MQL on the Nomad

So I wanted lubrication for cutting Aluminium on the Nomad and MQL seemed the way to go but I wanted it to be as uninvasive as possible, because my Nomad is in my apartment. That means:

  • No loud noises (like a compressor)
  • No pungent smells (like WD-40 or alcohol)
  • No “interesting” chemicals in the coolant

Which was a bit of a challenge. To make it worse, I wanted it to be easy and relatively cheap. I didn’t want to have to machine a pump from scratch and I didn’t want to have to program an Arduino or something.

TL;DR: I use:

  • An MQL nozzle (this one, though I don’t think it matters): 55€
  • A “smart” peristaltic pump from Alibaba (this one): $126
  • An (actually) quiet compressor, the Bambi BB-8: 300GBP
  • Accu-Lube for lubrication: ~$50/L from my current supplier

However you can use a cheaper pump and a louder compressor to add MQL for ~$70.

And here’s a basic demo.

Some things I learned along the way:

  • “Quiet” compressors aren’t really quiet (unless you pay for it). I ordered a “silent” Sorotec/Implotex pump, which despite lots of claims about “quiet”, “silent”, “totally fine to use in your apartment” and even a very specific “40-60dB” rating for noise, actually ended up being ~70dB and utterly unacceptable.
  • “Real” MQL systems are expensive. I looked at Accu-Lube’s own pumps and the quote I got was well over $1k.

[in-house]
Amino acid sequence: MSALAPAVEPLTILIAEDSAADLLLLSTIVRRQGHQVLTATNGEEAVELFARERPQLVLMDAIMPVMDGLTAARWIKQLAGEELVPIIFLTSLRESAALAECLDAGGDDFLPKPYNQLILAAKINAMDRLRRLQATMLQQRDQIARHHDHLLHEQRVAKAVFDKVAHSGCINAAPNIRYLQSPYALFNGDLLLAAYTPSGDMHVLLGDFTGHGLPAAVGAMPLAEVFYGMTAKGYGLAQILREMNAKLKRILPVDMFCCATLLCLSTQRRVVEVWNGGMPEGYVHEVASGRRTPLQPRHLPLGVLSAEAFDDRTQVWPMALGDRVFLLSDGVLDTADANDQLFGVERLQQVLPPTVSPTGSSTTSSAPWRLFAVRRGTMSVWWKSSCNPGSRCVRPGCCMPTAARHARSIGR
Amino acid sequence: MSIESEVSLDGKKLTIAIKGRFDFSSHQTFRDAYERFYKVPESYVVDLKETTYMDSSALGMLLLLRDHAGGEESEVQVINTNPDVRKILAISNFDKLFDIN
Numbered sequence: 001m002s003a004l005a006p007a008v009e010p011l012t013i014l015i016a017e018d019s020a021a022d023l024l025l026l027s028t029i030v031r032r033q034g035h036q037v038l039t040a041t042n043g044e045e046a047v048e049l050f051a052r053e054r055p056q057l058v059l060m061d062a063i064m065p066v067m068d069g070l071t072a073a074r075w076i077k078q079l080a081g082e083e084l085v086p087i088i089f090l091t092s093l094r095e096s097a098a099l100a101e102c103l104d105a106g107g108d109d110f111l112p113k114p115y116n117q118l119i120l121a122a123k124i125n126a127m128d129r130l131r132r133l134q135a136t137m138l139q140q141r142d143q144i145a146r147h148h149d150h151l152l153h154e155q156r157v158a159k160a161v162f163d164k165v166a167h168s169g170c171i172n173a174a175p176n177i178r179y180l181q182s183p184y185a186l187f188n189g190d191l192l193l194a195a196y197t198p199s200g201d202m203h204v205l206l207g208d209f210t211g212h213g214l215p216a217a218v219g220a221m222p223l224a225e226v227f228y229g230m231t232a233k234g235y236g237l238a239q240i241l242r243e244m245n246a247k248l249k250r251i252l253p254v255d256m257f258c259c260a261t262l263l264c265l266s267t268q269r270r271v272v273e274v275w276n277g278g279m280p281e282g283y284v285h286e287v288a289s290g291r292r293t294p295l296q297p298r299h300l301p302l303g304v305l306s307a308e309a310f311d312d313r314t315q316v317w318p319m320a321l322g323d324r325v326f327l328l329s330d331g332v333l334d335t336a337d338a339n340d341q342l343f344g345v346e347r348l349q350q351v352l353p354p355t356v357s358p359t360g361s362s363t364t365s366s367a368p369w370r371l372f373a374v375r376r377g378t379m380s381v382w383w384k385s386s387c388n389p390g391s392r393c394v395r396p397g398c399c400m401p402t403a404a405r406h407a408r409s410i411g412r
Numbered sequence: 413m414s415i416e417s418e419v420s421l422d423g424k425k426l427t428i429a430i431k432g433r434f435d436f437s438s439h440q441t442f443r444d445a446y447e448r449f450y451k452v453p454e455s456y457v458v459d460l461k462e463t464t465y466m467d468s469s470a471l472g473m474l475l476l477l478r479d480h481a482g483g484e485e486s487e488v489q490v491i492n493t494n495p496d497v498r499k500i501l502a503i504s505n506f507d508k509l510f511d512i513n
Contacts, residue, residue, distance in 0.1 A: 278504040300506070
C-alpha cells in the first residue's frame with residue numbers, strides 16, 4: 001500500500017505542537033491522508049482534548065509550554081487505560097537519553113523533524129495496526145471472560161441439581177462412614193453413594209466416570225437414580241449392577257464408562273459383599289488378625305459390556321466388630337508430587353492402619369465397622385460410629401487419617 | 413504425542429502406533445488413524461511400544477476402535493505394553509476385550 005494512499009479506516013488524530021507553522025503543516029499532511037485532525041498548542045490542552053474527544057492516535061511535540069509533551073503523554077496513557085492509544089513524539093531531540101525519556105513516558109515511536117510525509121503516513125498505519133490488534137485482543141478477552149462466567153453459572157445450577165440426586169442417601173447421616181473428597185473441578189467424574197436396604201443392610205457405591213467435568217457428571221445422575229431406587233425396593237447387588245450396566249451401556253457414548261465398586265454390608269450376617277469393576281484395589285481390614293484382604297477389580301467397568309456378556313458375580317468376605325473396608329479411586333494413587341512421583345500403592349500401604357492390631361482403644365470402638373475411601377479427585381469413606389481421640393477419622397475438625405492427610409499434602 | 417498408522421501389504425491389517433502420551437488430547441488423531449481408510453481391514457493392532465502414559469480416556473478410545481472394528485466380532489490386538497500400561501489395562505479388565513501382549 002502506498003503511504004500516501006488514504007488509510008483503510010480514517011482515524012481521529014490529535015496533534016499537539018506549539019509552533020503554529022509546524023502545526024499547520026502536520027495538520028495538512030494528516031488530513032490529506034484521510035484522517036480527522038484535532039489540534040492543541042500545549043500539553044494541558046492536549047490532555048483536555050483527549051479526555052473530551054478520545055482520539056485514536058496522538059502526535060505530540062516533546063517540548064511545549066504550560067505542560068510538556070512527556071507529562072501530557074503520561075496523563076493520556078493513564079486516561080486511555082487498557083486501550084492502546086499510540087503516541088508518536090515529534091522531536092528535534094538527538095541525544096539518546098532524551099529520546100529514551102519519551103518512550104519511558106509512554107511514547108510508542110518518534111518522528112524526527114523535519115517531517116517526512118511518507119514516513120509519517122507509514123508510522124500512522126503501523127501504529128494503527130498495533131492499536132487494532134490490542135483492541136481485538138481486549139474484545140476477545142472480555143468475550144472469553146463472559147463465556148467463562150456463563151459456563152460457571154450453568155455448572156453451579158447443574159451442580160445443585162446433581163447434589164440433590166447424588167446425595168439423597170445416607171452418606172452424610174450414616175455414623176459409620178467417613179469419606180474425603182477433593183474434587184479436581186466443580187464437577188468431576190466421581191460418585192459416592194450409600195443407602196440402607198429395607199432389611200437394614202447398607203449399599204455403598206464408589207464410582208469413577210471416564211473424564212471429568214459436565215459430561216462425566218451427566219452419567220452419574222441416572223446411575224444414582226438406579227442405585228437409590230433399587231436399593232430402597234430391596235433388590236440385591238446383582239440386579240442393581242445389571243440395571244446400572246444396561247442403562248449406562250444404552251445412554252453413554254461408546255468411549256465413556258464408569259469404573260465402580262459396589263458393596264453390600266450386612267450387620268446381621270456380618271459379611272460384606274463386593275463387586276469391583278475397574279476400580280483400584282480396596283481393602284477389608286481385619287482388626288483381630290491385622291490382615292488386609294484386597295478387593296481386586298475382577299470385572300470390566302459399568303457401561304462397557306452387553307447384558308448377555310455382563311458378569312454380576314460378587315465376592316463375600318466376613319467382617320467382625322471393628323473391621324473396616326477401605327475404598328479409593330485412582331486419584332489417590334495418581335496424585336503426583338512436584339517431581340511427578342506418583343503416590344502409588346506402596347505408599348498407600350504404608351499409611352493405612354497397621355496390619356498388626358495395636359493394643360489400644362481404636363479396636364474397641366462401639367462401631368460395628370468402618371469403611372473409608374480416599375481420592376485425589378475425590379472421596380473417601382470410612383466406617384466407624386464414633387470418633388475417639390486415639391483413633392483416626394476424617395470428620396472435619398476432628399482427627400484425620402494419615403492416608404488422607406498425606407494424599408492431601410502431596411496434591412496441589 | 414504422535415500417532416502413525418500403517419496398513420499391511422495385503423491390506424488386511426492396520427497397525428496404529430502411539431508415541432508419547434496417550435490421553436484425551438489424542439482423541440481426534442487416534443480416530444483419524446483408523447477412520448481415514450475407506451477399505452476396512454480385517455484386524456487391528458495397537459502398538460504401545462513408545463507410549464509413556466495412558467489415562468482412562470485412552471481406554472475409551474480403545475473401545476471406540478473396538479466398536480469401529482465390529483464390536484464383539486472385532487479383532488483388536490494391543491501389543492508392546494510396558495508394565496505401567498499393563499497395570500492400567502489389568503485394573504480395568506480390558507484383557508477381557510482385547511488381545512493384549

• Never use UPS. I actually had to order two Bambi compressors because UPS managed to spectacularly mess up the first one. First, they lied about trying to pick up the package three days in a row, then they delayed it for “security” processing and finally, they delivered it with a big chunk of the packaging itself completely missing, on its side (not okay for this compressor). Fortunately I got them to pay for it.

I think the most interesting thing though is the pump. When you’re using MQL, you need to be able to dispense very small amounts of liquid into the nozzle very consistently, which is a bit of a niche use-case. Most pumps are made for much higher flow rates and MQL needs on the order of 0.5mL/min.

I looked at the cheap obvious stuff and plant watering things and the like had flow rates way too high.

I looked at the commercal systems and they usually use an air-driven frequency generator or a specialty piston pump. They also cost $$$.

I also tried just using gravity and put my MQL nozzle’s hose into the Accu-Lube bottle and siphoned out the lubricant. That did not work well, the flow rate was waaaay too high.

I looked around for alternatives and found some cool projects, like a DIY piston pump machined from scratch and it that was my number 2 but I was thinking that surely there should be an easier way.

And that’s when I found peristaltic pumps. These are very simple devices. Basically it’s just a wheel that squishes liquid through a flexible tube. You can control the amount of liquid dispensed by controlling the speed of the wheel and the diameter of the tube. They’re most commonly used for medicine (where precision and consistency is important) and for hazardous or difficult substances. AliExpress would also have you know that they can be used for watering plants and making cocktails.